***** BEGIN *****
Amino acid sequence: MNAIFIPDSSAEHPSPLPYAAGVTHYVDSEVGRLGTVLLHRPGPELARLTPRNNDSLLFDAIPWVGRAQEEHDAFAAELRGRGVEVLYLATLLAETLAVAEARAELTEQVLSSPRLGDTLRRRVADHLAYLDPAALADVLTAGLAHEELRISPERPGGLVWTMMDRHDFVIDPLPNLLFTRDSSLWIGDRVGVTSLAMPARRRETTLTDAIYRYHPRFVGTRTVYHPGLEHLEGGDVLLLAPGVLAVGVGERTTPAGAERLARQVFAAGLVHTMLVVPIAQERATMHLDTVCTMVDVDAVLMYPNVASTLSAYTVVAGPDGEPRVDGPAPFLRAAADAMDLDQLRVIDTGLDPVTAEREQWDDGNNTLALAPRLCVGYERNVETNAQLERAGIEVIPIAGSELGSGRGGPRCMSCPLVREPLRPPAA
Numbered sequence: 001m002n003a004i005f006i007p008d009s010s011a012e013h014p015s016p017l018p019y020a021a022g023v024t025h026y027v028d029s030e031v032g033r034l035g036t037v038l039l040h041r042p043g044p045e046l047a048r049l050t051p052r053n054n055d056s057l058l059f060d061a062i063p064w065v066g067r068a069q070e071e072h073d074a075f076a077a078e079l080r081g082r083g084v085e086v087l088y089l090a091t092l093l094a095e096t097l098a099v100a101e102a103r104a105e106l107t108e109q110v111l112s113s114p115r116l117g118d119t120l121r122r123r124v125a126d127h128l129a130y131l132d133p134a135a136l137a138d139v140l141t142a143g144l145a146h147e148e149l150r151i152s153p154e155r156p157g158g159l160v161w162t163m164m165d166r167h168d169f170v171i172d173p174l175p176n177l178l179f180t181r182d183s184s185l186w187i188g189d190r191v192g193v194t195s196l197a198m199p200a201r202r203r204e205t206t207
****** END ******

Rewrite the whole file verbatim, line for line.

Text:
Amino acid sequence: MNAIFIPDSSAEHPSPLPYAAGVTHYVDSEVGRLGTVLLHRPGPELARLTPRNNDSLLFDAIPWVGRAQEEHDAFAAELRGRGVEVLYLATLLAETLAVAEARAELTEQVLSSPRLGDTLRRRVADHLAYLDPAALADVLTAGLAHEELRISPERPGGLVWTMMDRHDFVIDPLPNLLFTRDSSLWIGDRVGVTSLAMPARRRETTLTDAIYRYHPRFVGTRTVYHPGLEHLEGGDVLLLAPGVLAVGVGERTTPAGAERLARQVFAAGLVHTMLVVPIAQERATMHLDTVCTMVDVDAVLMYPNVASTLSAYTVVAGPDGEPRVDGPAPFLRAAADAMDLDQLRVIDTGLDPVTAEREQWDDGNNTLALAPRLCVGYERNVETNAQLERAGIEVIPIAGSELGSGRGGPRCMSCPLVREPLRPPAA
Numbered sequence: 001m002n003a004i005f006i007p008d009s010s011a012e013h014p015s016p017l018p019y020a021a022g023v024t025h026y027v028d029s030e031v032g033r034l035g036t037v038l039l040h041r042p043g044p045e046l047a048r049l050t051p052r053n054n055d056s057l058l059f060d061a062i063p064w065v066g067r068a069q070e071e072h073d074a075f076a077a078e079l080r081g082r083g084v085e086v087l088y089l090a091t092l093l094a095e096t097l098a099v100a101e102a103r104a105e106l107t108e109q110v111l112s113s114p115r116l117g118d119t120l121r122r123r124v125a126d127h128l129a130y131l132d133p134a135a136l137a138d139v140l141t142a143g144l145a146h147e148e149l150r151i152s153p154e155r156p157g158g159l160v161w162t163m164m165d166r167h168d169f170v171i172d173p174l175p176n177l178l179f180t181r182d183s184s185l186w187i188g189d190r191v192g193v194t195s196l197a198m199p200a201r202r203r204e205t206t207